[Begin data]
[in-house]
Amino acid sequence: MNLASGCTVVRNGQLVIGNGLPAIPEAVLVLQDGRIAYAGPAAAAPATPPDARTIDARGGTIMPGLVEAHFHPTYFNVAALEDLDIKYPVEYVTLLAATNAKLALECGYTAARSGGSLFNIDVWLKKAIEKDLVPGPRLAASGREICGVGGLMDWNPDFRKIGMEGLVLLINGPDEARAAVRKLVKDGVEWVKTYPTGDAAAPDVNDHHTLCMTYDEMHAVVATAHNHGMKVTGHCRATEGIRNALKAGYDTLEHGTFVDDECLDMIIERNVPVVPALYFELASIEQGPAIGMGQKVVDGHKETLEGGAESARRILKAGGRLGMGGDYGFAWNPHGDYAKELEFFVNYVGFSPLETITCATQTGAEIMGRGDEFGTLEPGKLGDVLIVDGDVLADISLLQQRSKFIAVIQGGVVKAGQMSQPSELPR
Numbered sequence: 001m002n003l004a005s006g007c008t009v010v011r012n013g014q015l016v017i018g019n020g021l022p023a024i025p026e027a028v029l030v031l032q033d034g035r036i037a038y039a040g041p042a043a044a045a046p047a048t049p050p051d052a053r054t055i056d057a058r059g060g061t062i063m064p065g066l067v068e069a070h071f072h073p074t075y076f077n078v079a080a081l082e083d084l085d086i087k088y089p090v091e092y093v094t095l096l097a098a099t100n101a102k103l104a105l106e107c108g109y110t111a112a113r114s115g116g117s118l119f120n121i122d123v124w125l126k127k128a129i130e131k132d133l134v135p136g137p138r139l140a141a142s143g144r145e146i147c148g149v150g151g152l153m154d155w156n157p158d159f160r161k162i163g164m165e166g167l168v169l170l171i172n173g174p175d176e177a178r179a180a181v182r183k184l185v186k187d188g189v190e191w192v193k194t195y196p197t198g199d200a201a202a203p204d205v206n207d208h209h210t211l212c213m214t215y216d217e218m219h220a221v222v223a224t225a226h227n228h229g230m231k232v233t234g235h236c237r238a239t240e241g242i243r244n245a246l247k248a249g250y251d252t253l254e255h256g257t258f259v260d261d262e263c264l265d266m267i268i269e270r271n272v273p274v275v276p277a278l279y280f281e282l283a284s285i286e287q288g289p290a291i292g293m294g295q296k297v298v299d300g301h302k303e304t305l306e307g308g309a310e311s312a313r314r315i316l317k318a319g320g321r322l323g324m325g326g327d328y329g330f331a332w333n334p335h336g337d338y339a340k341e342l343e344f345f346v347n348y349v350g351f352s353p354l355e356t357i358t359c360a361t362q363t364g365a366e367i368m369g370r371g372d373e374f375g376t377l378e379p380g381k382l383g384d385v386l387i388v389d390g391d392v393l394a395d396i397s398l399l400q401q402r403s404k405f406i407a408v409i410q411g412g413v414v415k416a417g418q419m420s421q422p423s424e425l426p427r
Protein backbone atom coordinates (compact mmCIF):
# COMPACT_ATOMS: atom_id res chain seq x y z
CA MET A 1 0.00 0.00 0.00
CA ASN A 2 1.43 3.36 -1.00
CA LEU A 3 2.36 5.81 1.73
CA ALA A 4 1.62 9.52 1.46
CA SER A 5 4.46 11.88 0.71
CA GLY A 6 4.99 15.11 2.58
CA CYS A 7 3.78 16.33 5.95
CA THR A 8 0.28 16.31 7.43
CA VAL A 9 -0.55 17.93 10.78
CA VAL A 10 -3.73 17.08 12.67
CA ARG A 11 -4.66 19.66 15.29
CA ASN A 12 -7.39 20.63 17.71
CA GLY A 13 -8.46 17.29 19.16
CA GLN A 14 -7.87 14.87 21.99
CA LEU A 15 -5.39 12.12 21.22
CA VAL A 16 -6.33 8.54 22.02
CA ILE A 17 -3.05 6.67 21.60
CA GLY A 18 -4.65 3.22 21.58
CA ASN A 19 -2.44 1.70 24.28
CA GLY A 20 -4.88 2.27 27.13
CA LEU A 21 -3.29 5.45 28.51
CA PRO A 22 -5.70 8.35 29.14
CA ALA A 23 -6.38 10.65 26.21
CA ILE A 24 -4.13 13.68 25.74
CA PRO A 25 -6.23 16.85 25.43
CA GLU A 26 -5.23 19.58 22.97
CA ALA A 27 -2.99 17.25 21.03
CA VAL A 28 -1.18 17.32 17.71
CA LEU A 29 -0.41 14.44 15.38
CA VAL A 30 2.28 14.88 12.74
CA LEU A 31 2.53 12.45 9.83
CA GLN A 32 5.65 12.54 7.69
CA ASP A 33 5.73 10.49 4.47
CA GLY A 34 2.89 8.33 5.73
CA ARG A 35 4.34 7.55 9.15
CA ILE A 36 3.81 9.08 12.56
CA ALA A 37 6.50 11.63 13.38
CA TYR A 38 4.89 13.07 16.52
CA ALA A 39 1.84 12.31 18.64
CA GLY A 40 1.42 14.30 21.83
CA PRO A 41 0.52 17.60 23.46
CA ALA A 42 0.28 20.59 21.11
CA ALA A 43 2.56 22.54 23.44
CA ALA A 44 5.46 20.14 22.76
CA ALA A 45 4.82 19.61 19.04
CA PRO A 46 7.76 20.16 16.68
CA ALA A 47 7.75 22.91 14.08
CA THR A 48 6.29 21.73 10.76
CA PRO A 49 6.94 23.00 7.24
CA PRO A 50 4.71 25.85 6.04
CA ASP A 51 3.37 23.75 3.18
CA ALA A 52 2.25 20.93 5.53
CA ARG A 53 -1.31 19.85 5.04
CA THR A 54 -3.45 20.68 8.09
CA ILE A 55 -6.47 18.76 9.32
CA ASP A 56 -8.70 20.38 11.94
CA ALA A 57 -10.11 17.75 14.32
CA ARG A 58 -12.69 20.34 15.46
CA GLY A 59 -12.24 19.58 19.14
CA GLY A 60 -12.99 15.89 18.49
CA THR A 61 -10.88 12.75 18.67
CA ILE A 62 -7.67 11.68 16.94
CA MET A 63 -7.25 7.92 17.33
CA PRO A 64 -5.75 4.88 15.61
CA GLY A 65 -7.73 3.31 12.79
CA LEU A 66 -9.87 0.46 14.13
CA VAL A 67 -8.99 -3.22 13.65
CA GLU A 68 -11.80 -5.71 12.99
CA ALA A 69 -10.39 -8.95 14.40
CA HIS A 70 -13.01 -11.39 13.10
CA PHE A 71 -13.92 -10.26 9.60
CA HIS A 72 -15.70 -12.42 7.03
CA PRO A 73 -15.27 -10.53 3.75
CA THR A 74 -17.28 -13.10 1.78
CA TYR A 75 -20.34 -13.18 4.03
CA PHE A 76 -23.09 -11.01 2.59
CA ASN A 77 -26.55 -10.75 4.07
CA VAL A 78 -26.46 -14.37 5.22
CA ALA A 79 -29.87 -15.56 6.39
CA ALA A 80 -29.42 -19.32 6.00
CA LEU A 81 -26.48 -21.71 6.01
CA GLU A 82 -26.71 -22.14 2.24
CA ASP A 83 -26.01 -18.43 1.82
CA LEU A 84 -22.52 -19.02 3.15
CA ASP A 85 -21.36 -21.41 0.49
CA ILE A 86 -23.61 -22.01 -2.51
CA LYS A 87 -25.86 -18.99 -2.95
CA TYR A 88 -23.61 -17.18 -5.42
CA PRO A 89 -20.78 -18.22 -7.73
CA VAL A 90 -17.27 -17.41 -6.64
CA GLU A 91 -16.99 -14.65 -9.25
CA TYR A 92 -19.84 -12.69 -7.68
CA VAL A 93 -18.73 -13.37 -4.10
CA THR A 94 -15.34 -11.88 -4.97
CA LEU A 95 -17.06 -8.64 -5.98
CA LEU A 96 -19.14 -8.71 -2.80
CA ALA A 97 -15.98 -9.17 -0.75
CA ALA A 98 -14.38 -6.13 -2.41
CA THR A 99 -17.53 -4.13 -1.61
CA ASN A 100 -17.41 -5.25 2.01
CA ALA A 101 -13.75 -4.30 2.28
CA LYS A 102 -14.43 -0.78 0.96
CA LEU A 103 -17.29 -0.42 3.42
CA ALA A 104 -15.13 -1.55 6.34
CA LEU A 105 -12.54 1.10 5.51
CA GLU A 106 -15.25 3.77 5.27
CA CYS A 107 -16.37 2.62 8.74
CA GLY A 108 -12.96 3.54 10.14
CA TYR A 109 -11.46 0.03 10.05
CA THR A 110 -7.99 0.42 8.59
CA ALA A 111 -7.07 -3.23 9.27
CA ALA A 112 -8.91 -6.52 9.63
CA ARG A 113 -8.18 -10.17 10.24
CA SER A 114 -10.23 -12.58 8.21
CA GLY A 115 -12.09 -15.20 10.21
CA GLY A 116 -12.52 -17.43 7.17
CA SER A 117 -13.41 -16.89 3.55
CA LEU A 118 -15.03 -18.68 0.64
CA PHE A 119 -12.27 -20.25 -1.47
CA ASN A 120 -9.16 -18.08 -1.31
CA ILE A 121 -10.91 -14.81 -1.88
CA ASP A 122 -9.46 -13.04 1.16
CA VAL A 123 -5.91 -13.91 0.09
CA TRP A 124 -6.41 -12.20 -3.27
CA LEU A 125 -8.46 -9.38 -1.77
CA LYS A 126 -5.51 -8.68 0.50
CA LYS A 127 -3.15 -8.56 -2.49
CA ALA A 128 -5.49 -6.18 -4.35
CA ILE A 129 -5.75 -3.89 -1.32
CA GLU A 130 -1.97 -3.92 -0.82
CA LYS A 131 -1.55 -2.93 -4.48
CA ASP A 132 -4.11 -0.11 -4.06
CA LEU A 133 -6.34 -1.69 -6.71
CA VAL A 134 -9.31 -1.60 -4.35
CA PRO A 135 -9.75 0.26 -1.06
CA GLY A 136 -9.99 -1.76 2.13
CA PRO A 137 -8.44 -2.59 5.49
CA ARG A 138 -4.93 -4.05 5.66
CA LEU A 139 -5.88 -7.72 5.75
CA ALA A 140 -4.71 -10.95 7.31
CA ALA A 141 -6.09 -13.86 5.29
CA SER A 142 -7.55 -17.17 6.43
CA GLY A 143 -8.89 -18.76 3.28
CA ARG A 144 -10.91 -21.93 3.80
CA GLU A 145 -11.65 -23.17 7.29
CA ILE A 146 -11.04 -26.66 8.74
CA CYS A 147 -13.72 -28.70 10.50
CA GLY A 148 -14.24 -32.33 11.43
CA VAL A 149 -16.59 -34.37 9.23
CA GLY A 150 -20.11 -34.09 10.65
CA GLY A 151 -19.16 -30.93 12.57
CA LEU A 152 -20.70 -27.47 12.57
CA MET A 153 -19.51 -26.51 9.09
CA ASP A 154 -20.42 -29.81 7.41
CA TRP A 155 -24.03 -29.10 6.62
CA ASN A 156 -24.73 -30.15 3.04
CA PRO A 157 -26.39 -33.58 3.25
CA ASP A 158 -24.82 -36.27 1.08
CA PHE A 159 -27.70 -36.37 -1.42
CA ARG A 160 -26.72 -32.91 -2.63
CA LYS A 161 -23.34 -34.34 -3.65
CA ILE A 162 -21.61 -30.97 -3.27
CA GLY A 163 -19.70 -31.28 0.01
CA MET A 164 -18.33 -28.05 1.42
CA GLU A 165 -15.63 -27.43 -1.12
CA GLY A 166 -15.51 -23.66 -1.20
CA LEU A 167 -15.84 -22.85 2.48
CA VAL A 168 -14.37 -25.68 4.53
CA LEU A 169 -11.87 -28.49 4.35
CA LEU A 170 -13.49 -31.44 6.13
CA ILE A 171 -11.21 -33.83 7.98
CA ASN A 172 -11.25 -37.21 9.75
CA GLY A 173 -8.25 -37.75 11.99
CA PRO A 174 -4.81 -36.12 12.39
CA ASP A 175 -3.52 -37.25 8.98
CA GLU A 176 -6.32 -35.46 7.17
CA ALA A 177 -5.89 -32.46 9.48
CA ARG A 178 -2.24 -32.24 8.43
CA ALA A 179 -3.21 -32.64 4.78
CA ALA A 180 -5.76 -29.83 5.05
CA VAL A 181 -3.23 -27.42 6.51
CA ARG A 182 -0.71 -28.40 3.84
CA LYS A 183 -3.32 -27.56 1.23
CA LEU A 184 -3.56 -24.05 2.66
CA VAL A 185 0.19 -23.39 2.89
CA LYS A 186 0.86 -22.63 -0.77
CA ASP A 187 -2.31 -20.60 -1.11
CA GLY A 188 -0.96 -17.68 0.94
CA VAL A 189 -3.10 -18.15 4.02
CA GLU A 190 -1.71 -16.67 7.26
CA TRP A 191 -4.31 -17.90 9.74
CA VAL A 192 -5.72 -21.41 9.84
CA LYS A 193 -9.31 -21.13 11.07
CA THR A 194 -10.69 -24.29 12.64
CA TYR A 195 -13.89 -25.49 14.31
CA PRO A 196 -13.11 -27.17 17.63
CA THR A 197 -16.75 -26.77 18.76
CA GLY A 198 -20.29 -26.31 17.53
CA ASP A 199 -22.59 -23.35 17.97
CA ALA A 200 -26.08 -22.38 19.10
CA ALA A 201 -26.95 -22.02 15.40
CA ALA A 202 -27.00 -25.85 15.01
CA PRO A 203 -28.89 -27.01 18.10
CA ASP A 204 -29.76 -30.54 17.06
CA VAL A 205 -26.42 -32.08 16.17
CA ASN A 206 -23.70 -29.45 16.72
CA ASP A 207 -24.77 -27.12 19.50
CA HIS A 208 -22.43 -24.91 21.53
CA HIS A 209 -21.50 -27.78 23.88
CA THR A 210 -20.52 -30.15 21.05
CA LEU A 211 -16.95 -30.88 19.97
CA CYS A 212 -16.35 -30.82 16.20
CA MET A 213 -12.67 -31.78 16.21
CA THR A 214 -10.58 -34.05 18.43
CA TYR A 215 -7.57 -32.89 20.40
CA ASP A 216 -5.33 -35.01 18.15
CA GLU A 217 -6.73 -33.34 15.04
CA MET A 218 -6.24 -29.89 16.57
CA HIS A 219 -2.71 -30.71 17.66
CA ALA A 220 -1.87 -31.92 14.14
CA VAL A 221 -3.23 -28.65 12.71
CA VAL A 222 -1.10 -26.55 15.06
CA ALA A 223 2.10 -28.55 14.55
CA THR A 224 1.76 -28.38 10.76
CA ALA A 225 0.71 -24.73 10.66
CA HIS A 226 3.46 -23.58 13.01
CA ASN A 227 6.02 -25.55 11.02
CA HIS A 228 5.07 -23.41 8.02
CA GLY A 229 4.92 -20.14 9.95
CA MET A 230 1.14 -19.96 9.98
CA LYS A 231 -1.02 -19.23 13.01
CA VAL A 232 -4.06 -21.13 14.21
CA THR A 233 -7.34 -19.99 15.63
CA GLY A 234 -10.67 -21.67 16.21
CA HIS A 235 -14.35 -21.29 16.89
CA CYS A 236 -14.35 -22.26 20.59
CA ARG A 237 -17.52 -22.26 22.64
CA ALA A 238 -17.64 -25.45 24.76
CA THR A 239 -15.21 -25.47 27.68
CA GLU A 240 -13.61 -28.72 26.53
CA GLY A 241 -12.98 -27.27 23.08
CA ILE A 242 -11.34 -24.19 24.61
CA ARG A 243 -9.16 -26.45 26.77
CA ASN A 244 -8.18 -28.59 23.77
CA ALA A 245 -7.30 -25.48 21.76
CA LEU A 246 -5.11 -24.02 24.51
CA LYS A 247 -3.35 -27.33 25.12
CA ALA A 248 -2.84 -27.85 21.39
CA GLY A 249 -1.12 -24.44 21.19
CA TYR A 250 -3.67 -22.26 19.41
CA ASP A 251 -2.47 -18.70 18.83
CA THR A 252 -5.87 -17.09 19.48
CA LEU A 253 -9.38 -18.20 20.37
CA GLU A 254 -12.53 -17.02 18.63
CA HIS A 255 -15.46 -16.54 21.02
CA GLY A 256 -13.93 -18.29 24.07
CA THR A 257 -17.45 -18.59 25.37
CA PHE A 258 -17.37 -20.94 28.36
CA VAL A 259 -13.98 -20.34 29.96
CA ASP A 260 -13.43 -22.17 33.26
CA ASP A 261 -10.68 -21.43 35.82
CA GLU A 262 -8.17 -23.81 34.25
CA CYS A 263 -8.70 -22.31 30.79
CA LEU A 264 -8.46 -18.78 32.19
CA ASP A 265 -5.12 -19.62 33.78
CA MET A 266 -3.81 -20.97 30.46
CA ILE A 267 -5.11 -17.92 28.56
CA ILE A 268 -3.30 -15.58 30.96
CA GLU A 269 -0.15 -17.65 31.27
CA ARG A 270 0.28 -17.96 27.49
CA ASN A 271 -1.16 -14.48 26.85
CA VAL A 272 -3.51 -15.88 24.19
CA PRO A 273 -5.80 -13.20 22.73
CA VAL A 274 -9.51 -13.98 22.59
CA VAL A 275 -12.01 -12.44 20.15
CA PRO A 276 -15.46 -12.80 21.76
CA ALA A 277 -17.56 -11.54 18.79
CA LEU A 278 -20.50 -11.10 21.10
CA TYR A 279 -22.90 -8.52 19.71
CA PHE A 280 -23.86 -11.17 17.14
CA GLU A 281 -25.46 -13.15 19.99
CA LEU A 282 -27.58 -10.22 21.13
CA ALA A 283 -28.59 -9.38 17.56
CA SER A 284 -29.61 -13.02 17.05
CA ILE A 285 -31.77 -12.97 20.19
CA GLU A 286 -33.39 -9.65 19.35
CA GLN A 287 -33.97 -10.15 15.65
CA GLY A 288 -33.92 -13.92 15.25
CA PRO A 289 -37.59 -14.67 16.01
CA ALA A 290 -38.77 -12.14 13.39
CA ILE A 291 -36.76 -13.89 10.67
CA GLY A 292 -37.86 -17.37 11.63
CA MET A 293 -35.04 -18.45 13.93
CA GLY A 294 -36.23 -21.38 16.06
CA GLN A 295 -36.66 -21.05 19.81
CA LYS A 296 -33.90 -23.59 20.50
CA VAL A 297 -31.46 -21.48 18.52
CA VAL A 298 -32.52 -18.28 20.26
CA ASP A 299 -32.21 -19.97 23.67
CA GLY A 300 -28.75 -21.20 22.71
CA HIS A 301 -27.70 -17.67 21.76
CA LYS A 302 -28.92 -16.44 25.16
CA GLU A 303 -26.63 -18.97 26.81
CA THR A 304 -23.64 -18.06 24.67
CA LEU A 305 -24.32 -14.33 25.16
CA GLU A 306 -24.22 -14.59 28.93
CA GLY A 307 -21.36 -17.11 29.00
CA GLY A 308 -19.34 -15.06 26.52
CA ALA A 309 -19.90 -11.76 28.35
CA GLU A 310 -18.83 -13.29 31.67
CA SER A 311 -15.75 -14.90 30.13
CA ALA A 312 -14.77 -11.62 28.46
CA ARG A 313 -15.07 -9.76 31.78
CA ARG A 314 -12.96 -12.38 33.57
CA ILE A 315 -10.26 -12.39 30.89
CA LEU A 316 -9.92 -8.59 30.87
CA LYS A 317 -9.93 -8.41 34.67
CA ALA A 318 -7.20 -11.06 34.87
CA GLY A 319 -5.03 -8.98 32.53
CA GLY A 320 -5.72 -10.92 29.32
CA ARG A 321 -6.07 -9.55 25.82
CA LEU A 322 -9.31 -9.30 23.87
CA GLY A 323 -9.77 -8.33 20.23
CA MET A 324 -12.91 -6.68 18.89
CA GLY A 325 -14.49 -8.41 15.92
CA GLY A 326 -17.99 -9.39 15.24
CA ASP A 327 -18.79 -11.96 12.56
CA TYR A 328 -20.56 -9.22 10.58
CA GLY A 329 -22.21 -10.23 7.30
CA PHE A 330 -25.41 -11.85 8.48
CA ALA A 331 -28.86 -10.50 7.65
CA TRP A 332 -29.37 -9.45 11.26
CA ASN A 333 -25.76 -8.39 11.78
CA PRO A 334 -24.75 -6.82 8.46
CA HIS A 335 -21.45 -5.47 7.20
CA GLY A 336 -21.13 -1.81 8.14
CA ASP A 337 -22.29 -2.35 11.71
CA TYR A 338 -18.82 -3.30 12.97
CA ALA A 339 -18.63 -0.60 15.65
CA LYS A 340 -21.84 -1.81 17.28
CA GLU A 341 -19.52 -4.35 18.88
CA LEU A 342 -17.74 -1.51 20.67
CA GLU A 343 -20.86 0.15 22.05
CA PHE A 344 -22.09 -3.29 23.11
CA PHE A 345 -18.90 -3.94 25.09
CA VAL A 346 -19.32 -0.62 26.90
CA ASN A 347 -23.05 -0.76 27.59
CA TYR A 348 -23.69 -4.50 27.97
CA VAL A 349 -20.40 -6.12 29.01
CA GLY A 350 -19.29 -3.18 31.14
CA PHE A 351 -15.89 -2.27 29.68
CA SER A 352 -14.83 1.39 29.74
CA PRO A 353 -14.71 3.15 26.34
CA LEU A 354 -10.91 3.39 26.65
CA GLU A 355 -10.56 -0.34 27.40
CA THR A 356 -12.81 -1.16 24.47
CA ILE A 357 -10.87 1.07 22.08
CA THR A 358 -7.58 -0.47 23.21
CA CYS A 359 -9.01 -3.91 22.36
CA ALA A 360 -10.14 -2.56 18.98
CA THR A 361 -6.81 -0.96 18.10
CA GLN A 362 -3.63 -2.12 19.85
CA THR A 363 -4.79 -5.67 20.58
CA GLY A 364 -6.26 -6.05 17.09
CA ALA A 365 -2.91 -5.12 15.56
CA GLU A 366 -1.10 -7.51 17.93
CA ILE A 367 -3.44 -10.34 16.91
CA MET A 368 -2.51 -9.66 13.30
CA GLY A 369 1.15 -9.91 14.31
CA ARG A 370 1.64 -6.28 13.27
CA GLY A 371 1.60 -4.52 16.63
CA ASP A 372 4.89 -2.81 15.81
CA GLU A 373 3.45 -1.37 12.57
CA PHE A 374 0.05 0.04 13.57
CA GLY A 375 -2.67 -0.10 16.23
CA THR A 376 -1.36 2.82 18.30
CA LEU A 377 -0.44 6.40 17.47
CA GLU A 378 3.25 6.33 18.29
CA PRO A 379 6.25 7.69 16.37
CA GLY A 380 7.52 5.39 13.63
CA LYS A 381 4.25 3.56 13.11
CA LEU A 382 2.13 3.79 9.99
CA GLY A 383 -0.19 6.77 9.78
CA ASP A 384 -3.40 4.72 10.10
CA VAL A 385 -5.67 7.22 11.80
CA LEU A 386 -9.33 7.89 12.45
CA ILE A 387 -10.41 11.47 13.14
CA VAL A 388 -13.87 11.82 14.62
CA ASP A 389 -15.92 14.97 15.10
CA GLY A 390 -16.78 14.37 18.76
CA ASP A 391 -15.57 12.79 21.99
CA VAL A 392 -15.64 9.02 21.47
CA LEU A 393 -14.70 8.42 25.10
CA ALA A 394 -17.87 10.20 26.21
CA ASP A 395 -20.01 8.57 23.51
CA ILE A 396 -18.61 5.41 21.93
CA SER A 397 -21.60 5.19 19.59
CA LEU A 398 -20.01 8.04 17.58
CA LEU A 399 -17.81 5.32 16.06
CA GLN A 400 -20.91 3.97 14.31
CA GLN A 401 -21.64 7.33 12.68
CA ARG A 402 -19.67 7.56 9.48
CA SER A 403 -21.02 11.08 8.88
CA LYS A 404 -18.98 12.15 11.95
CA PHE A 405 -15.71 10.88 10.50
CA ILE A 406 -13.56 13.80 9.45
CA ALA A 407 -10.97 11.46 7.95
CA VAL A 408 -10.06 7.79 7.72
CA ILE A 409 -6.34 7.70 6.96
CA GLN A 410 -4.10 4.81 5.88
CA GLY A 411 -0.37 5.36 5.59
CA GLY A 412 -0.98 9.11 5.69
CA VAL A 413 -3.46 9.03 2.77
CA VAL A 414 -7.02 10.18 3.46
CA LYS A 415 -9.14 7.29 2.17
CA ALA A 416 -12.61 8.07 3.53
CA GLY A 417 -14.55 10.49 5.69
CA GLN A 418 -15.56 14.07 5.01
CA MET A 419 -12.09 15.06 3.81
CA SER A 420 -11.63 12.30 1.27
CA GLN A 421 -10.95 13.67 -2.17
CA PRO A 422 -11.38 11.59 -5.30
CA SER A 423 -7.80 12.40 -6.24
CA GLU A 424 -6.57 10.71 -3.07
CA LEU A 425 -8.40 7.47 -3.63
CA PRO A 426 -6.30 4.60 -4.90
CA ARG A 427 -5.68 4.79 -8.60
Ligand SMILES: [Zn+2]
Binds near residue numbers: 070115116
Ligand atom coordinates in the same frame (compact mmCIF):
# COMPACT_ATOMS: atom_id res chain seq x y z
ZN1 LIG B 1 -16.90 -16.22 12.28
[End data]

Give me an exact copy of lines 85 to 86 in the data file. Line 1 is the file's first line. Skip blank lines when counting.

CA ALA A 80 -29.42 -19.32 6.00
CA LEU A 81 -26.48 -21.71 6.01